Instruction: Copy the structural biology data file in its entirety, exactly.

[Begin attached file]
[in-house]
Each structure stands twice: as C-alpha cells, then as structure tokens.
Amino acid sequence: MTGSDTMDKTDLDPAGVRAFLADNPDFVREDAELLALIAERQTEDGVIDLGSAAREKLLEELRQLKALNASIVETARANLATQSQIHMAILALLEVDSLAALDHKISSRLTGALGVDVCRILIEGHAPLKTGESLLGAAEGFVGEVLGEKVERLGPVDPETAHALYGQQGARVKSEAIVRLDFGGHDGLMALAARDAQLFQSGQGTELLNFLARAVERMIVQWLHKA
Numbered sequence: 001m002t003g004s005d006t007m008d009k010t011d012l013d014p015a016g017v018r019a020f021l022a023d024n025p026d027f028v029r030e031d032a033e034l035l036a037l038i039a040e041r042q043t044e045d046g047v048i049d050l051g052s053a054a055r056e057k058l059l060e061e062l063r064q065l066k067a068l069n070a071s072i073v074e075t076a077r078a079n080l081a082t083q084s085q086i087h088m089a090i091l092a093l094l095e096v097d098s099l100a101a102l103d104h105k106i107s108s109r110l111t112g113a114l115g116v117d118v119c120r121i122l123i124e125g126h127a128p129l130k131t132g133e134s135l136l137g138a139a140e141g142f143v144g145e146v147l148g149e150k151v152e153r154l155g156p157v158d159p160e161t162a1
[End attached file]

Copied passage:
[in-house]
Each structure stands twice: as C-alpha cells, then as structure tokens.
Amino acid sequence: MTGSDTMDKTDLDPAGVRAFLADNPDFVREDAELLALIAERQTEDGVIDLGSAAREKLLEELRQLKALNASIVETARANLATQSQIHMAILALLEVDSLAALDHKISSRLTGALGVDVCRILIEGHAPLKTGESLLGAAEGFVGEVLGEKVERLGPVDPETAHALYGQQGARVKSEAIVRLDFGGHDGLMALAARDAQLFQSGQGTELLNFLARAVERMIVQWLHKA
Numbered sequence: 001m002t003g004s005d006t007m008d009k010t011d012l013d014p015a016g017v018r019a020f021l022a023d024n025p026d027f028v029r030e031d032a033e034l035l036a037l038i039a040e041r042q043t044e045d046g047v048i049d050l051g052s053a054a055r056e057k058l059l060e061e062l063r064q065l066k067a068l069n070a071s072i073v074e075t076a077r078a079n080l081a082t083q084s085q086i087h088m089a090i091l092a093l094l095e096v097d098s099l100a101a102l103d104h105k106i107s108s109r110l111t112g113a114l115g116v117d118v119c120r121i122l123i124e125g126h127a128p129l130k131t132g133e134s135l136l137g138a139a140e141g142f143v144g145e146v147l148g149e150k151v152e153r154l155g156p157v158d159p160e161t162a1